Panacea or illusion?
Over the years, interprofessional teamwork in the intensive care unit (ICU) has been viewed as a panacea to most ills and indeed described as a core value of critical care practice (Parker 2016; Donovan et al. 2018; Lyons 2018). However, my recent conversations with ICU colleagues from the UK, US, Canada, Brazil and Hong Kong reveal that challenges to this way of working still abound. In this article, I reflect on key research insights and experience I developed from studying this issue over a number of years; and seek to provide a critical yet optimistic view for the future.
The interest in interprofessional working in ICU can be traced back to the 1980s, following studies by Knauss and colleagues in the U.S. (Knaus et al. 1986). Analysis of large datasets made the problem clear, which can be summarised in the following conclusion: in units rated better on teamwork 55% more patients survived than were expected to, while in the worst rated units 58% more patients died than were expected to. Let us be clear then, poor interprofessional teamwork costs lives and compromises quality of care. This is no big revelation, as anyone who has ever worked in ICU can attest to. However, it does beg a bigger question—why do we need research to point out and encourage people to practise the obvious?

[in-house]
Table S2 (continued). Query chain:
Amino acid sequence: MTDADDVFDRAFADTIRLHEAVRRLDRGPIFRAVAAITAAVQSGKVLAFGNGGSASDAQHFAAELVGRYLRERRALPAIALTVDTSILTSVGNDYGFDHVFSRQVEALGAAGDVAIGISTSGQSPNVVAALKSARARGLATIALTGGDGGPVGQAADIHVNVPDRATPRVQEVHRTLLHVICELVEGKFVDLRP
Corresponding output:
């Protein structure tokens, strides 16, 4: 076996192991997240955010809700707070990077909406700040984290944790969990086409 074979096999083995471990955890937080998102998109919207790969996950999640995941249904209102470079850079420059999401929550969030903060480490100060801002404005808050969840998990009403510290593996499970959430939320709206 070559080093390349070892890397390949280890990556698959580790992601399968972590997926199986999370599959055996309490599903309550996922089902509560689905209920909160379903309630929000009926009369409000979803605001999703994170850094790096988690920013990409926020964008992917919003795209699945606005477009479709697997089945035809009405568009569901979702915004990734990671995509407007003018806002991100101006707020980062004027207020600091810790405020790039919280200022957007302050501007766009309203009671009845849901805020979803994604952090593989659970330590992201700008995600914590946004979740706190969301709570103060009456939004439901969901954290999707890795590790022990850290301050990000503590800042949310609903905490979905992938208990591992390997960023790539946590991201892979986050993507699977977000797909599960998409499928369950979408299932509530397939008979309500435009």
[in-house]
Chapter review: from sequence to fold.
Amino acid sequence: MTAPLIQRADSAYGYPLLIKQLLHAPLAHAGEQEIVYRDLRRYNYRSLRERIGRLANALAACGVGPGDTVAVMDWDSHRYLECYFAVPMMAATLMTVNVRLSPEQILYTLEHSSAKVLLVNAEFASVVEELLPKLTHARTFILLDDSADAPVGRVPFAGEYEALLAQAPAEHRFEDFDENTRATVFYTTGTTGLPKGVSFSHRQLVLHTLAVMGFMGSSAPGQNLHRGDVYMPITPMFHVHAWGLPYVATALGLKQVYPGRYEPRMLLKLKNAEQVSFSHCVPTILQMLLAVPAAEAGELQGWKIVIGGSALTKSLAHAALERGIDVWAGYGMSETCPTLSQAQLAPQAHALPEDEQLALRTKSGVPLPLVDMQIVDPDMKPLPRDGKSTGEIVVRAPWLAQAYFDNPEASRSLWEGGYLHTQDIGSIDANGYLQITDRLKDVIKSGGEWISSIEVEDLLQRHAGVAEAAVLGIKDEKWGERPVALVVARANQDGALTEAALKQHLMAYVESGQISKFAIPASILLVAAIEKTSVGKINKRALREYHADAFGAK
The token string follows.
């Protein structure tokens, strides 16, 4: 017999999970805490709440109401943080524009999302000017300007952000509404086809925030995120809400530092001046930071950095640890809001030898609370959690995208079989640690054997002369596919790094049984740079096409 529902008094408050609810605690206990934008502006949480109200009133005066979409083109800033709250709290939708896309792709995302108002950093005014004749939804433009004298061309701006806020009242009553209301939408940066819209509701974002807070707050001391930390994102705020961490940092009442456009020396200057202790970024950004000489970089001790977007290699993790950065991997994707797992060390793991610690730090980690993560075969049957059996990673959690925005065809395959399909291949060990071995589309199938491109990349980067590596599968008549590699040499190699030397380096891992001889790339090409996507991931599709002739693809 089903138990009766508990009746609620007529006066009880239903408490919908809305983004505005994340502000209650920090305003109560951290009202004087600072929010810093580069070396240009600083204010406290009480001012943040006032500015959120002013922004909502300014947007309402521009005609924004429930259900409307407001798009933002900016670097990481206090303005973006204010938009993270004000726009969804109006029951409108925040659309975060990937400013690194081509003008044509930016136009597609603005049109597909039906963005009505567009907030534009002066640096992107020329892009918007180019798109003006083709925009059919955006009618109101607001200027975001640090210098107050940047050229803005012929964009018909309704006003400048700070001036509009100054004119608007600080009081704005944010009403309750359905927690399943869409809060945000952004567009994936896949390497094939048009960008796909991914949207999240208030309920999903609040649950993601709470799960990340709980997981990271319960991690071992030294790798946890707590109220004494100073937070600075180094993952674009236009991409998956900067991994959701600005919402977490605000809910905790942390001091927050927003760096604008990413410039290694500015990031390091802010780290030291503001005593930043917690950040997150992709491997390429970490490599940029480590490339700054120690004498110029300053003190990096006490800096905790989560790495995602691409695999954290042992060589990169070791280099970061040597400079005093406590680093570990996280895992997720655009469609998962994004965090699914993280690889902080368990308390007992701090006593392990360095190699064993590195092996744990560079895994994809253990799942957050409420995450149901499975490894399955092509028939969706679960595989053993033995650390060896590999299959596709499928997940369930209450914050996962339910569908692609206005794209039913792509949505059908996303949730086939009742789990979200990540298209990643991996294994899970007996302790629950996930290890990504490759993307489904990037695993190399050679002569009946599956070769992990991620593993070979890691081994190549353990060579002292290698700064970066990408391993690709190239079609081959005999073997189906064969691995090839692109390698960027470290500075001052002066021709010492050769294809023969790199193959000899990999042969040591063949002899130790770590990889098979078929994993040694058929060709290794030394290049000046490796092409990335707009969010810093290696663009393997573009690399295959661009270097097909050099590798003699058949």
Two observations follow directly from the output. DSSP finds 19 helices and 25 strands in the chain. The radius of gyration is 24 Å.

There are very few ICU clinicians, and there are some, to be sure, who can confidently argue teamwork is not an aspiration worth pursuing. Indeed, being a team player is a requirement that pops up in most interviews for an ICU post. And, at its most basic level, everyone understands what it is about: respect, trust, communication, supportive leadership, coordination, and so on. Yet, after decades of talking about it progress remains slow. Why is interprofessional teamwork so difficult to achieve? As someone who has been fascinated about this topic for years, I have come to the simple conclusion that interprofessional teamwork in ICU, as in much of healthcare, does not come naturally.
Interprofessional teamwork does not take place in a vacuum. There are a number of variables that can affect adoption of this way of working to one extent or another, many of which have been the subject of intense debate, such as staffing, resources, facilities, guidelines, to name a few. Here, I want to explore the issue at a more primal level, and to do so we must acknowledge it as situated in the wider healthcare delivery system in which clinicians operate: the system of professions (Abbott 1988).
The social organisation of the different professions making up what we call a healthcare delivery system can be likened to an ecology, a very fragile ecology indeed. Each profession exists, as a distinct grouping, on the basis of exclusive expertise and authority over an area of activity—what sociologists call jurisdictions. Examples include diagnosis, prescribing, mobility and family support. This is a key way in which professions are distinguished from one another. Some jurisdictions can indeed be shared, but others are retained exclusively. Evidence of this way of thinking is found in job descriptions, professional codes of conduct and regulatory bodies. The problem with interprofessional teamwork is that some people see it as challenging some traditional, well-ingrained understandings of who is responsible for and gets to do what.